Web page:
Well correlation and pressure data confirmed the reservoir's heterogeneity and continuity, indicating its thin, interbedded sand layers (Fig. 3). Log correlations are difficult in some areas and sands appear to be discontinuous. Pressure uniformity, however, suggests that the reservoirs are in fact connected. In contrast, other areas where porous sands can be easily correlated show large pressure variations, suggesting reservoir discontinuity or reduced lateral permeability. This variation across the reservoir highlights the importance of pressure data, which can provide information on reservoir continuity and determine the effectiveness of waterflood programs.

Pressures plotted as well-to-well profile comparisons provide a striking variation, both laterally and vertically (Fig. 4).

The Upper Bahariya's variation in permeability values obtained from conventional core analysis and Dykstra-Parsons and Lorenz coefficients, combined with well correlation and pressure data, indicate an extremely heterogeneous reservoir. This heterogeneity signifies that thin vertical shale barriers may or may not extend across the field and ensures an imperfect relationship between porosity values (measured and calculated) and permeability.

Permeability, porosity

Permeability depends on pore space continuity, whereas porosity signifies pore space availability. High porosity is possible without having any permeability and vice versa. Permeability defines the quality of a hydrocarbon-bearing formation.

There is no theoretical relationship between porosity and permeability in natural porous systems, and practical relationships represent a best fit often relying on a convenient mathematical relationship.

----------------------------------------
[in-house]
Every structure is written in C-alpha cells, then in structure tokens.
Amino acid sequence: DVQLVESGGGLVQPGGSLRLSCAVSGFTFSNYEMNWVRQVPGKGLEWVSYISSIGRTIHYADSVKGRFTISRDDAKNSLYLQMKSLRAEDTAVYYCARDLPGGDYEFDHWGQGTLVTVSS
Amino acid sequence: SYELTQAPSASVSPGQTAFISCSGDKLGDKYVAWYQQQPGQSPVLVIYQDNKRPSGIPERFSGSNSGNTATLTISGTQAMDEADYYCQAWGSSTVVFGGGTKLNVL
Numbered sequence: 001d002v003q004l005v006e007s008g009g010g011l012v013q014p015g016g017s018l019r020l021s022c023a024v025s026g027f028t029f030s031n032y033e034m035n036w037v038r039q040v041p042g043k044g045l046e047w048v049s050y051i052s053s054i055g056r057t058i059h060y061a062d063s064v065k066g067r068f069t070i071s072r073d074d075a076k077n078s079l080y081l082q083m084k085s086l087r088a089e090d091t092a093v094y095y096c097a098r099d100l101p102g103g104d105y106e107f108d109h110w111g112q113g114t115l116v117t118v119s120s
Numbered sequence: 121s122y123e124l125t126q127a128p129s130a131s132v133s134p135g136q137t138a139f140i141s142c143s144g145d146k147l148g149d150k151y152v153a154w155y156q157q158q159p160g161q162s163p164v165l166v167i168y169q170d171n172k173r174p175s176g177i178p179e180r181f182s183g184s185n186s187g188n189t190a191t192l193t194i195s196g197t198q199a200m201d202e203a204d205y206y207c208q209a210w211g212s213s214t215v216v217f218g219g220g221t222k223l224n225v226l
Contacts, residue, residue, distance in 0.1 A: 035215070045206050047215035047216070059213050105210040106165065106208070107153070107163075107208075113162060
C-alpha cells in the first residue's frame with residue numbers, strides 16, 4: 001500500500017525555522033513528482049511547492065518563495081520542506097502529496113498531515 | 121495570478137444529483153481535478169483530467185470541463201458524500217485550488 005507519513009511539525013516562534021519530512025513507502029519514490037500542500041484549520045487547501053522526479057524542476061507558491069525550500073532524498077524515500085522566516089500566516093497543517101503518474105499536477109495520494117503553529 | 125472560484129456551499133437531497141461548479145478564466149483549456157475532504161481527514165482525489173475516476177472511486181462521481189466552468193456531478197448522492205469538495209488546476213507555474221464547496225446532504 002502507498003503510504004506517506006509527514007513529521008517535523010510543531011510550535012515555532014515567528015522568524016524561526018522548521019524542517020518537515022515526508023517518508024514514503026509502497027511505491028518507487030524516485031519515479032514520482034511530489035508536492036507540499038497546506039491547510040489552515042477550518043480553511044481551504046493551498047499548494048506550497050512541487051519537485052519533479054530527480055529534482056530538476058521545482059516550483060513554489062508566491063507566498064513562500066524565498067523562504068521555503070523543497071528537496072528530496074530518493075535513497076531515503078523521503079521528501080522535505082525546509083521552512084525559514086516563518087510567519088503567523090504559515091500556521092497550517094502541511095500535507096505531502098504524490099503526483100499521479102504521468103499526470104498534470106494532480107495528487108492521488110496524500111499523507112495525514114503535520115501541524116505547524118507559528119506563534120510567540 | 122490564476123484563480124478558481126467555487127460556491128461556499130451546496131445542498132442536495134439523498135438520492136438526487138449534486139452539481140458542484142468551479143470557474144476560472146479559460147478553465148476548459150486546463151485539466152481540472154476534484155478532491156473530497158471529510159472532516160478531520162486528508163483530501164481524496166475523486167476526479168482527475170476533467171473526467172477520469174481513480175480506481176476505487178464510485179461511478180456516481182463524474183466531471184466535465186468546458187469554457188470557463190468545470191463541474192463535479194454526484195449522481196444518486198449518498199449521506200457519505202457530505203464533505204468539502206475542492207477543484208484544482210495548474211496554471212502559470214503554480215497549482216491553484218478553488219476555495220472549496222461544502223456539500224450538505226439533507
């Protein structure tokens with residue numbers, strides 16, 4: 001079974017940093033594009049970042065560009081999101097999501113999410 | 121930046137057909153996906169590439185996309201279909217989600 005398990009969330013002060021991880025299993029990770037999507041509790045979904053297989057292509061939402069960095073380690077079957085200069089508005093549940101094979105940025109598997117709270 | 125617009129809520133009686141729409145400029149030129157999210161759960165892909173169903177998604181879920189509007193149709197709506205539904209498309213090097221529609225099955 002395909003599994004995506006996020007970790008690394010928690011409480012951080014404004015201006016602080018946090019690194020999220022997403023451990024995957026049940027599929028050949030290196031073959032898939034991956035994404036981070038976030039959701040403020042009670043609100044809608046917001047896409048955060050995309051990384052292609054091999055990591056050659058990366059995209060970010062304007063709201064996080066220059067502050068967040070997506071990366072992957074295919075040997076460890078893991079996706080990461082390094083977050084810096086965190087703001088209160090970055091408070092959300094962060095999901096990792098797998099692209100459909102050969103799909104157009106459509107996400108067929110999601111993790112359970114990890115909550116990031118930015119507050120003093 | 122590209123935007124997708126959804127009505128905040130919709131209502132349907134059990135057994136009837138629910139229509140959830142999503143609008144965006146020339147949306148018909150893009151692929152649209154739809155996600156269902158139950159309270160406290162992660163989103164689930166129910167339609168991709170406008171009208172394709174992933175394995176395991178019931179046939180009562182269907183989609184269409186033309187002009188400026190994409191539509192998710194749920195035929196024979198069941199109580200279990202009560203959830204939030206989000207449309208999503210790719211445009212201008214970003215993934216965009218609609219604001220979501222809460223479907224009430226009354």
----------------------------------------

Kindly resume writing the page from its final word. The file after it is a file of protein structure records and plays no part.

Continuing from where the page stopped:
A straight line is the easiest relationship to test, and plotting porosity against the permeability logarithm leads to an approximate straight line.

Porosity is a logging parameter where permeability is not. Researchers frequently attempt to empirically correlate porosity with permeability to remove permeability as a function of depth. Downhole permeability is mainly obtained by flow and pressure determination and requires knowledge of characteristics such as the flowing interval.6 9

Reservoir heterogeneity shows little correlation between core porosity and core permeability, underlining the lack of reliable relationship between them (Fig. 5). Consequently, conventional rock-property averaging techniques (arithmetic, geometric, and harmonic) cannot be applied to determine a relationship. The only way to establish a correlation between reservoir permeability and porosity is to split the reservoir into HFUs.

Hydraulic flow units

Researchers characterized the Upper Bahariya reservoir's HFUs with conventional core data (Kh and Ø) from five wells.4 10-15 The study removed fractured samples, including samples with high permeability and low porosity. Equations 3-5 calculated the RQI, normalized porosity (Øz) and the flow zone indicator (FZI).16 Researchers then arranged FZI values in ascending order and plotted RQI vs. Øz on the logarithmic scale (Fig. 6).

Determining the number of HFUs used three independent methods. The log-log plot of RQI vs. Øz is a simple analysis, but is insufficient for distinguishing rock types and their boundaries within a given HFU. Samples with similar FZI values lie on a straight line with slope = 1 (Fig. 6). Samples lying on the same straight line have similar pore throat attributes and constitute a single HFU. The mean value of FZI is indicated at the intercept of the unit slope and the straight line where Øz = 1.

FZI distribution is a superposition of multiple log-normal distributions. FZI histogram analysis defines the number of normal distributions (n) for the number of HFUs (Fig. 7).

The probability plot or cumulative distribution function is the integral part of the histogram (probability density function). A normal distribution forms a straight line on a probability plot. The number of straight lines in the probability plot indicate the number of HFUs in the reservoir. This plot is smoother than a histogram and is therefore more useful in defining HFUs because cluster identification is easier (Fig. 8).